By Francisco Alvarado, FloridaBulldog.org
During the 2010s, Miami City Commissioner Jeffrey Watson was twice unsuccessful in securing bankruptcy protection, fell behind on more than $1 million on his home mortgage, couldn’t pay a $129,284 civil judgment and owed $26,933 in income tax to the Internal Revenue Service.
Now, the former Bill Clinton White House aide is poised to upend the Miami City Commission District 5 race after pledging not to run when he was appointed to the seat 11 months ago.
Last month, Watson surprised Miami City Hall observers and players by placing his name on the Nov. 2 ballot. He launched a final-inning campaign largely bankrolled by Miami philanthropist and auto dealership mogul Norman Braman.
Winning would also allow Watson to hold onto his first steady fulltime gig since his Clinton days. Miami city commissioners earn an annual salary of $58,200, plus fringe benefits worth $46,400, according to a 2018 Miami-Dade ethics commission report.
Much of Watson’s history has gone unreported, including his dire economic predicament in the last decade. Florida Bulldog reviewed his bankruptcy filings after obtaining a background check report that also listed the civil judgment and two tax liens against Watson filed in 2015.
‘WE WANT YOU’
In a phone interview, Watson told Florida Bulldog that his financial troubles ended three years ago when he was forced to sell his Washington, D.C. home to pay off his debts. District 5 voters will choose him based on his on-the-job performance, he added.
“I decided to run because people in the community wanted me to,” Watson said. “They told me, ‘you’ve been working hard and we want you to run.’”
Some of those constituents may find his financial setbacks as troublesome signs, according to good-government and ethics experts.
Robert Jarvis, an ethics law professor at Nova Southeastern University, said voters should consider Watson’s handling of his personal finances as part of their due diligence before casting their ballots. “For some voters, this could be a game changer,” Jarvis said. “They would never vote for someone who was irresponsible with money.”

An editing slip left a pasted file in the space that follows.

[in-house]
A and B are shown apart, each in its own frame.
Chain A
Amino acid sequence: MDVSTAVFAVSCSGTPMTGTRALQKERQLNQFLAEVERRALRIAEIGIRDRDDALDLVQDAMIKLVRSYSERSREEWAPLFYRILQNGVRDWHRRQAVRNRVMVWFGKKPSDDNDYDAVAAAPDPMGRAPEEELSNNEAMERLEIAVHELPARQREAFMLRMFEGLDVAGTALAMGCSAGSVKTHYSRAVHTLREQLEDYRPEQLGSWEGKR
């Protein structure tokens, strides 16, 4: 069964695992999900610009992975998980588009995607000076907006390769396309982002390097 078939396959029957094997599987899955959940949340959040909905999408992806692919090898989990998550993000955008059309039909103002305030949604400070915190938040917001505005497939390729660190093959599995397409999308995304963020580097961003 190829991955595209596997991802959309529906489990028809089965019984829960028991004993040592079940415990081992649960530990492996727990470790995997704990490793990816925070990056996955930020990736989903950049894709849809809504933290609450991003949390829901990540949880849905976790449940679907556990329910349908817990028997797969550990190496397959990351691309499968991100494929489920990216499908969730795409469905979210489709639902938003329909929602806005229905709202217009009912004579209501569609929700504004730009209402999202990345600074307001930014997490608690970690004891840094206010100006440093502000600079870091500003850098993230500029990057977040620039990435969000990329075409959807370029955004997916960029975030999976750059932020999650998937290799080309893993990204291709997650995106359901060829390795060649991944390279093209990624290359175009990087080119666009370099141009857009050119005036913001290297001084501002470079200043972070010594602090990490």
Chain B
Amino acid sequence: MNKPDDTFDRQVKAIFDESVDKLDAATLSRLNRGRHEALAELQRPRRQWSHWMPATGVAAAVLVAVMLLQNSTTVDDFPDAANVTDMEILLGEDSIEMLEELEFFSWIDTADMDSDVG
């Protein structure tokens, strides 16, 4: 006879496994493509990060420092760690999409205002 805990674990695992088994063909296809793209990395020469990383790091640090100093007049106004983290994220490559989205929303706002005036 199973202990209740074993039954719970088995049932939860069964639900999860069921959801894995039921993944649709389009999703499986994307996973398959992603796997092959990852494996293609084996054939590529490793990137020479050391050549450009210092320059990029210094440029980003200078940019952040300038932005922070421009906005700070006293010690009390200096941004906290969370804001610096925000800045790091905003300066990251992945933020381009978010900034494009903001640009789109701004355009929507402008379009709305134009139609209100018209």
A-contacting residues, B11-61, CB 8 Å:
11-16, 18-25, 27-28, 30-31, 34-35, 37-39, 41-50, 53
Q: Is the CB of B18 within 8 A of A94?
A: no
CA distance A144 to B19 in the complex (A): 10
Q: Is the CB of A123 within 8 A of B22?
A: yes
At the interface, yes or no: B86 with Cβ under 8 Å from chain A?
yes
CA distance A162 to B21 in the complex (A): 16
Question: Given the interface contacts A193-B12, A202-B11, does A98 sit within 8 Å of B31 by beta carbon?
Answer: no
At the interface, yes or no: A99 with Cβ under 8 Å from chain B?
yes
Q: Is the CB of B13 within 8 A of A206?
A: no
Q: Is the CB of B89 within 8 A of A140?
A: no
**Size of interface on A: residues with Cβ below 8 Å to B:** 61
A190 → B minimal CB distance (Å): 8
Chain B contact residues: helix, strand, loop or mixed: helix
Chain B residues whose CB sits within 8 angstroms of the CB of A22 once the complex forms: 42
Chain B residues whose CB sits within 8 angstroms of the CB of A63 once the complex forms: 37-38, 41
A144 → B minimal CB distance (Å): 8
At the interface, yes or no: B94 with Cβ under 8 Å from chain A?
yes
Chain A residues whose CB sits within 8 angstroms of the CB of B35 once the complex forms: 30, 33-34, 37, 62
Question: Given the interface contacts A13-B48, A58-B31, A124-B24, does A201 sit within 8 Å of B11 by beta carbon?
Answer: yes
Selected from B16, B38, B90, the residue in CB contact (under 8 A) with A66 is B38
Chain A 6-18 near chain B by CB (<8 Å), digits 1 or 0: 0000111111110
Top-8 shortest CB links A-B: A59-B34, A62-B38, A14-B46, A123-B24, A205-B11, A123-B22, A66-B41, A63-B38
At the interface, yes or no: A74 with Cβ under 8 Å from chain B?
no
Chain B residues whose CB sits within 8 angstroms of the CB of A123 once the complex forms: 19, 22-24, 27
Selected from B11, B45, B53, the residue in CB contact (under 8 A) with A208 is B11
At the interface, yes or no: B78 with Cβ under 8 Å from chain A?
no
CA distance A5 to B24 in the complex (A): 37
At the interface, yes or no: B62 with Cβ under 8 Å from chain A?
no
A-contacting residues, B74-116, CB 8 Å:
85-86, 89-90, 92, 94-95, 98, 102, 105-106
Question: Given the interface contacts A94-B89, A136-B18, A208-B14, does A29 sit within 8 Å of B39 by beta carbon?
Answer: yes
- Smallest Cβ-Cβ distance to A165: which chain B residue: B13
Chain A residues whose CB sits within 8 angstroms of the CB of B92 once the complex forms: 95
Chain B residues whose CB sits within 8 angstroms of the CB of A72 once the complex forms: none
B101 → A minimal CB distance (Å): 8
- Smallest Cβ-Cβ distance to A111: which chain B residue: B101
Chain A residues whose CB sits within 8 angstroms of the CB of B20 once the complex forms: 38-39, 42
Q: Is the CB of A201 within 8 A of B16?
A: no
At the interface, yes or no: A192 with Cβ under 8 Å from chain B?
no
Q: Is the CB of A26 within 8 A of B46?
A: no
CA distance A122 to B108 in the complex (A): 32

Watson said he is not fazed about it, noting voters looked past Donald Trump’s six business bankruptcies to elect him president in 2016. Watson’s bankruptcy petitions in 2010 and 2017 shouldn’t hinder his chances in a city commission race, he said. “I don’t see why it should,” Watson said. “We just had a president who had a bankruptcy on more than one occasion.”
A GREAT RECESSION TAILSPIN
Watson has deep roots in Miami City Hall politics. In the 1980s, he was chief of staff for then-Miami Mayor Xavier Suarez and also held the position of chief financial officer for the city’s Department of Public Housing and Community Development. The following decade, he moved up to the federal ranks after working as a state field director for the Clinton-Gore presidential campaign. During the Clinton administration, he was a deputy assistant in the White House office for intergovernmental affairs.
At the turn of the 21st Century, Watson entered the private sector as an economic development consultant and real estate investor. Watson told Florida Bulldog he suffered huge financial losses as a result of the 2008 real estate market crash and, like many Americans, had a hard time getting his financial house in order during the Great Recession.